This step can be easily overdone. Say too much and you may come across as overbearing and monotonous, but it can be done well and in a very natural way. It’s so important to know your children and how they learn for this to be effective. James is a pretty straightforward kid, so I don’t have to get real fancy with him. When we go out to the beach and see the water I say “Hey James, do you see ALL that water out there? God made that.” This leads to a great opportunity for reading Genesis 1:1-10 when we get home.
After poor behavior has been corrected, why not sit down and take a trip through Romans (3:21-25, 6:1-7, 8:12-17). These three passages give a great overview of what Christ’s atonement accomplished and a believer’s relationship to sin.
For older kids, it is a great exercise to examine the content of movies or tv shows they watch. Do this often and it will help them become more aware of the content they are exposed to and hopefully think with a more robust Christian worldview.
Here are some common themes found in entertainment and having a biblical foundation for these things is extremely important.
Friendship: Proverbs 13:20; 18:24; 22:24-25
Lust: Galatians 5:16, Romans 13:14
Greed: Ecclesiastes 5:10, 1 Timothy 6:10
Kindness: Luke 6:35, 1 Peter 3:9
Wisdom: Proverbs 3:13-18, Ecclesiastes 8:1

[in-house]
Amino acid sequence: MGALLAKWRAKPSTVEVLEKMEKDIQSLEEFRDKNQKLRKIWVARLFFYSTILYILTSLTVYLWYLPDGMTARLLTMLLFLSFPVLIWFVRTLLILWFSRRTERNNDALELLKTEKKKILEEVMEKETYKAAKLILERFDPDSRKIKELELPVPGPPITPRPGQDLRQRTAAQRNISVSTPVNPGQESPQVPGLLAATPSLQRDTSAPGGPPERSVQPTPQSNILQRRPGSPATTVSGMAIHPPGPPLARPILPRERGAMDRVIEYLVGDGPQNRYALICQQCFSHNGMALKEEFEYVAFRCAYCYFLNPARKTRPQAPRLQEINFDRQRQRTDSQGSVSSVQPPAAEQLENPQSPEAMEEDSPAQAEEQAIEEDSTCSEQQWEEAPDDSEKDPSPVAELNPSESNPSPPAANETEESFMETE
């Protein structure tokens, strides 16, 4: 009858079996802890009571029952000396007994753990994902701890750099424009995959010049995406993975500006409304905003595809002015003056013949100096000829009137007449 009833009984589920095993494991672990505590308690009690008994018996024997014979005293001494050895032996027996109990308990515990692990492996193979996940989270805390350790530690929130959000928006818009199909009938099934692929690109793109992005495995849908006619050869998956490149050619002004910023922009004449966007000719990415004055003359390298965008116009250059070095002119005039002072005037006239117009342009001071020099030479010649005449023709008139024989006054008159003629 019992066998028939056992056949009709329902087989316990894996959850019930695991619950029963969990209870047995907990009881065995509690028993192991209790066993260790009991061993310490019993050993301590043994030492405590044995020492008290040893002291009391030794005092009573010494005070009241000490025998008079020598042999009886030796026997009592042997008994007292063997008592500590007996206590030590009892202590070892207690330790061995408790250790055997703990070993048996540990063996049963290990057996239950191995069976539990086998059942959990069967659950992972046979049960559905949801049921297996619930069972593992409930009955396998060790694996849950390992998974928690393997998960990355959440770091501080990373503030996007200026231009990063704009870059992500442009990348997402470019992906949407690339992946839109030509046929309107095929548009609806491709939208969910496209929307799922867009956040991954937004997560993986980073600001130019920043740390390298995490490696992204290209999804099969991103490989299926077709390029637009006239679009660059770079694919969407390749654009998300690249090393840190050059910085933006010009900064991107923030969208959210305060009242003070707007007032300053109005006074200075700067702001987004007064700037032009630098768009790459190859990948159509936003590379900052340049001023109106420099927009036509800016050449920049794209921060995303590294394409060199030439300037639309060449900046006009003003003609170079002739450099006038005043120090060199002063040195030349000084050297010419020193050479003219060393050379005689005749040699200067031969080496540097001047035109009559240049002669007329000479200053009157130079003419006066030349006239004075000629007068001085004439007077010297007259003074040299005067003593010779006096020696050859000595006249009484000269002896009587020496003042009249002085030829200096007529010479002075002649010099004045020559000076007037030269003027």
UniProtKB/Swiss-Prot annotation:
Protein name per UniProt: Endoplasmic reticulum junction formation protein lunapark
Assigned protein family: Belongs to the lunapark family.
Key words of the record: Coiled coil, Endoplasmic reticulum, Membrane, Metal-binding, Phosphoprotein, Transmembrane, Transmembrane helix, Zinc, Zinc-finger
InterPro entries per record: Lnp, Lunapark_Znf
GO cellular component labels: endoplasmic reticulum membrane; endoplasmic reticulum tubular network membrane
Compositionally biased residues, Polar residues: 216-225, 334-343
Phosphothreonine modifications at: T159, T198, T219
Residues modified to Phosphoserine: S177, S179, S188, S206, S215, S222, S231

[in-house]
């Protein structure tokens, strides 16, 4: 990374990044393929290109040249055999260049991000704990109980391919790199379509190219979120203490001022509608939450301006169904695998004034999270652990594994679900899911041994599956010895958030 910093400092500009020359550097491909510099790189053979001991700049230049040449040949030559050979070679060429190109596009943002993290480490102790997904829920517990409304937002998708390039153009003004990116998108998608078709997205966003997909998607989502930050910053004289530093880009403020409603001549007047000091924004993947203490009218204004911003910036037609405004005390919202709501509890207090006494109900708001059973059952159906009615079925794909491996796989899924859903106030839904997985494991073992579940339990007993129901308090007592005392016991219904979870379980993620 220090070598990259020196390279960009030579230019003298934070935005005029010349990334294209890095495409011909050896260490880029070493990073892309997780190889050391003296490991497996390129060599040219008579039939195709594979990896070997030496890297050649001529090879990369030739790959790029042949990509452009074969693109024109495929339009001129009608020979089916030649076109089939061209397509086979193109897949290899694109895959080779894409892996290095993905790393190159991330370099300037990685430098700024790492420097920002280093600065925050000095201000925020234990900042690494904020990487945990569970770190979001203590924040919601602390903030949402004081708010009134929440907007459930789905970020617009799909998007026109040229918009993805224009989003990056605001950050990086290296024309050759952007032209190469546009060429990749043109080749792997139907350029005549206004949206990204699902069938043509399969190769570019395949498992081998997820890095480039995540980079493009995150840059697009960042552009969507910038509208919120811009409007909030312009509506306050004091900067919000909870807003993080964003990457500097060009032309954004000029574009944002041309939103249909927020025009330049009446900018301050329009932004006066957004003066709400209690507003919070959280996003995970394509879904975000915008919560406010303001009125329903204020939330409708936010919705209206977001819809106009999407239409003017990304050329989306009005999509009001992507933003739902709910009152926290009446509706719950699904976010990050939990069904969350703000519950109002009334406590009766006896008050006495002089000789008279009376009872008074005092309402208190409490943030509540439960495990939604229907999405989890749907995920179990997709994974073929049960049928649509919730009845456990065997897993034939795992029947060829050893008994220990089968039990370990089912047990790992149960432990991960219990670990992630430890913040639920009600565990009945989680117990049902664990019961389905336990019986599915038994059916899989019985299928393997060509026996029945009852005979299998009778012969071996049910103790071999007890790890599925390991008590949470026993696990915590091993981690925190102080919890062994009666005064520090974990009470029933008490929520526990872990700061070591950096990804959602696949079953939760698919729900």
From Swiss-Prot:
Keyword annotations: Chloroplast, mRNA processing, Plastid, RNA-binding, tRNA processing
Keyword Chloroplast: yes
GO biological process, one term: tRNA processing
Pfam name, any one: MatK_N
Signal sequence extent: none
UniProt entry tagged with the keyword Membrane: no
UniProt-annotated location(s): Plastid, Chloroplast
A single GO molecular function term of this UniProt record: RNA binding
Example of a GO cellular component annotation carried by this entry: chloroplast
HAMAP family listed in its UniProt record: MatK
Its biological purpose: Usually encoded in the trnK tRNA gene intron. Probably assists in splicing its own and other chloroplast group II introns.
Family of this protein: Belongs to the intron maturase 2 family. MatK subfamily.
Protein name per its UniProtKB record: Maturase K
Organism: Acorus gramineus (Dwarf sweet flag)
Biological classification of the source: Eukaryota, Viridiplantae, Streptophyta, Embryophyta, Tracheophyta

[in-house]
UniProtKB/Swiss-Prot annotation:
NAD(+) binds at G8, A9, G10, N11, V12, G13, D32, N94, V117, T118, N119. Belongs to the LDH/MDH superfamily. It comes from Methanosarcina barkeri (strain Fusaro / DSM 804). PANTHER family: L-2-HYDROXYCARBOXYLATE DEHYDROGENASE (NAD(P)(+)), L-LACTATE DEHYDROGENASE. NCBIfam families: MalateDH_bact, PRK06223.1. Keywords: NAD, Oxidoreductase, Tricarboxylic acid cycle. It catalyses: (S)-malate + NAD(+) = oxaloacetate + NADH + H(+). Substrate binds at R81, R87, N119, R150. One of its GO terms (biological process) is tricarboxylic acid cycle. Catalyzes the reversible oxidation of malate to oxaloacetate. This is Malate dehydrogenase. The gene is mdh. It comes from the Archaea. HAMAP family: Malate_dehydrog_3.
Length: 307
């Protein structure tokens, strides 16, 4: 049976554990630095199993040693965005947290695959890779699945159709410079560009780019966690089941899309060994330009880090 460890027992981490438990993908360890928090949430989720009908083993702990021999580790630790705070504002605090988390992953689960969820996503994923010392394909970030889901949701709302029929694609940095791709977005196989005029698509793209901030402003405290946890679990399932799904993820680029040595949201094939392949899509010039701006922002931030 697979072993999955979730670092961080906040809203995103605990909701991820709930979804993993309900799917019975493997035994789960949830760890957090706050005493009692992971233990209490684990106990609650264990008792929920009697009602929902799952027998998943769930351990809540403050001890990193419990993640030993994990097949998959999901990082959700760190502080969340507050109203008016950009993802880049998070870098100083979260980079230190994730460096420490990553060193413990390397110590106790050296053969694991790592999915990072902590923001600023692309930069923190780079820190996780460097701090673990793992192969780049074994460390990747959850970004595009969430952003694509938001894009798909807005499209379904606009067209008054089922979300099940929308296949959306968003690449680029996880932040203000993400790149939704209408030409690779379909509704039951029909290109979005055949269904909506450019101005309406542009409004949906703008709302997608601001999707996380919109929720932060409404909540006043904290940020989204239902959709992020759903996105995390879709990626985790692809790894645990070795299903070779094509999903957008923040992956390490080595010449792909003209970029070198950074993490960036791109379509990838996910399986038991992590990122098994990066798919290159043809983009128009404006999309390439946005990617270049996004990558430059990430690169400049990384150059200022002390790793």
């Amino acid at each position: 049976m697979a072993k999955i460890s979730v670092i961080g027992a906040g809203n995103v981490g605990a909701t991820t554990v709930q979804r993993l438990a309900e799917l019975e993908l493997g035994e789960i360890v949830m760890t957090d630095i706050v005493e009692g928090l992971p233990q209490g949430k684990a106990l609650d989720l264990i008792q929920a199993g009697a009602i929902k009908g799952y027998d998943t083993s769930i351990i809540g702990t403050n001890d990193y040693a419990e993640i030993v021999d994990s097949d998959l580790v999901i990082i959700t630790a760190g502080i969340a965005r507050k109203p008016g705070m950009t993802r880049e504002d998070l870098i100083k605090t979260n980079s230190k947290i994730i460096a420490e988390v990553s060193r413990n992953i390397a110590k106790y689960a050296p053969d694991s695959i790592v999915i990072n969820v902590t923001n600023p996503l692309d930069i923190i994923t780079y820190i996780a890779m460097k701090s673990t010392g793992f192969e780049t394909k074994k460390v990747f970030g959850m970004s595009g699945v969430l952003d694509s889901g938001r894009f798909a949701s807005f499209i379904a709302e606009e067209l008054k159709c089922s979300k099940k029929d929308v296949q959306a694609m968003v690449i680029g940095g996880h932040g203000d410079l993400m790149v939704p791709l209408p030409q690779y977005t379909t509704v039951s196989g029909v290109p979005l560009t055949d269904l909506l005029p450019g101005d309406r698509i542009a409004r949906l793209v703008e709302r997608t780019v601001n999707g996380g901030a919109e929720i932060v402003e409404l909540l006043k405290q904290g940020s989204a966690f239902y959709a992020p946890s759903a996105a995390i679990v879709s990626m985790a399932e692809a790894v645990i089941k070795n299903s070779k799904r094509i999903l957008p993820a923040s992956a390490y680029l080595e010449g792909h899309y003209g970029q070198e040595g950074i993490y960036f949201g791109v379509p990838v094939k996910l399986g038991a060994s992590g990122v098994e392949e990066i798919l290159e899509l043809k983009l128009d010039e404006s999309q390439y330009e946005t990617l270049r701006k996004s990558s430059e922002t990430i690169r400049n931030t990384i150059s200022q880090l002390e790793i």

Revenge: Romans 12:19, James 1:19-20
This one could get rough, so hang on. Think of the air that is in your home. Imagine that this air is different than the air outside, kind of like when you walk into your home when a scented candle is lit. There is something extra, however small, that just transforms everything. It’s the same for the background noise in your home. What is it in your house? Can I take a guess and say the TV… that’s what it was when I was growing up. Whether we were watching something or not, the TV was on. Hopefully, I’m not the first person to tell you, but what shows up on the TV isn’t always coming from a Christian worldview. In fact, it’s a safer bet that none of it is (Philippians 4:8). But when the TV is on, it sets the tone in that area of the home. Most activities become secondary when TV is on- conversations, music, reading, games, etc.
Can I offer an alternative? SHUT IT OFF. Unplug it. Stick it in a closet. Throw a sheet over it. Stick it in the backyard and teach your oldest how to shoot his first gun. Whatever you need to do. Instead, turn on some music. You would be amazed at the difference in tone your house takes when light Christian or classical music is playing in the background. I use those two genres because they are conducive to a peaceful heart and can honor God without having to worry about what song is coming up next (1 Samuel 16:23).
With those four things, I think you can truly cultivate a thriving Christ-centered culture in your home. It’s the little things that add up and help us daily draw closer to God. These ideas are simple enough to start today.
If I could offer one final suggestion that gets at the core of this list and makes such a massive difference for your children, it is that Fathers MUST be men of God.
Ryan is always on the lookout for a chance to read a good book or see a new movie. He is finishing his Bachelors in Biblical Studies through Moody Bible Institute and plans to move on with a Masters in Theology. Ryan is 30 and has given presentations on Pro-Life apologetics, homosexuality and the Bible, and teaches Church History and Historical Theology at Allendale Baptist Church. Ryan has been married to his wife Stephanie for ten years and they have four children: James, Lael, Lydia, and Isaiah.